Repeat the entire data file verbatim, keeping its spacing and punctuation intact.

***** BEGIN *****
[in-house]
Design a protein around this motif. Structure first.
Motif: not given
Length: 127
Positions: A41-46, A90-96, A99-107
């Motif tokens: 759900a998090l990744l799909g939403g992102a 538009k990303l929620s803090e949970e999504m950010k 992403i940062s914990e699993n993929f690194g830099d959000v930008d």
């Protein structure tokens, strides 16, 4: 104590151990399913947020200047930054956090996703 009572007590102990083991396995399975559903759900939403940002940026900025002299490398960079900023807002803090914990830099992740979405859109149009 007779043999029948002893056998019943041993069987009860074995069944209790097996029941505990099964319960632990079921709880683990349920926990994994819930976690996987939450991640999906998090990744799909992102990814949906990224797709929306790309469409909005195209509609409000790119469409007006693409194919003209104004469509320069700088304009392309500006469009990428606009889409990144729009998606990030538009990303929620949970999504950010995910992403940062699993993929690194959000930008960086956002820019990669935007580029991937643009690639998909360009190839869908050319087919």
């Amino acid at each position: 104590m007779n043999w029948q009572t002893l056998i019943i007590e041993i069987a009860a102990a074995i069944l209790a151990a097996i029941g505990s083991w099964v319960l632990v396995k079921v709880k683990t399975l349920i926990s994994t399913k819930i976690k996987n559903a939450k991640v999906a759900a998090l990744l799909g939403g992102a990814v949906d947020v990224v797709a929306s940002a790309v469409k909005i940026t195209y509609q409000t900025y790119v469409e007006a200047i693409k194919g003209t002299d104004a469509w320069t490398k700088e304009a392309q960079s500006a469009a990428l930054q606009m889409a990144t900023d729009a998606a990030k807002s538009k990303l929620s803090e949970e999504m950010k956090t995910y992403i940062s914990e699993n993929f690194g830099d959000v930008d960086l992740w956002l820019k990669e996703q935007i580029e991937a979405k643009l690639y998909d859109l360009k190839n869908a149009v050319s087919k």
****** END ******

[in-house]
Design a protein around this motif. Structure first.
Motif: not given
Length: 127
Positions: A41-46, A90-96, A99-107
């Motif tokens: 759900a998090l990744l799909g939403g992102a 538009k990303l929620s803090e949970e999504m950010k 992403i940062s914990e699993n993929f690194g830099d959000v930008d």
């Protein structure tokens, strides 16, 4: 104590151990399913947020200047930054956090996703 009572007590102990083991396995399975559903759900939403940002940026900025002299490398960079900023807002803090914990830099992740979405859109149009 007779043999029948002893056998019943041993069987009860074995069944209790097996029941505990099964319960632990079921709880683990349920926990994994819930976690996987939450991640999906998090990744799909992102990814949906990224797709929306790309469409909005195209509609409000790119469409007006693409194919003209104004469509320069700088304009392309500006469009990428606009889409990144729009998606990030538009990303929620949970999504950010995910992403940062699993993929690194959000930008960086956002820019990669935007580029991937643009690639998909360009190839869908050319087919």
């Amino acid at each position: 104590m007779n043999w029948q009572t002893l056998i019943i007590e041993i069987a009860a102990a074995i069944l209790a151990a097996i029941g505990s083991w099964v319960l632990v396995k079921v709880k683990t399975l349920i926990s994994t399913k819930i976690k996987n559903a939450k991640v999906a759900a998090l990744l799909g939403g992102a990814v949906d947020v990224v797709a929306s940002a790309v469409k909005i940026t195209y509609q409000t900025y790119v469409e007006a200047i693409k194919g003209t002299d104004a469509w320069t490398k700088e304009a392309q960079s500006a469009a990428l930054q606009m889409a990144t900023d729009a998606a990030k807002s538009k990303l929620s803090e949970e999504m950010k956090t995910y992403i940062s914990e699993n993929f690194g830099d959000v930008d960086l992740w956002l820019k990669e996703q935007i580029e991937a979405k643009l690639y998909d859109l360009k190839n869908a149009v050319s087919k």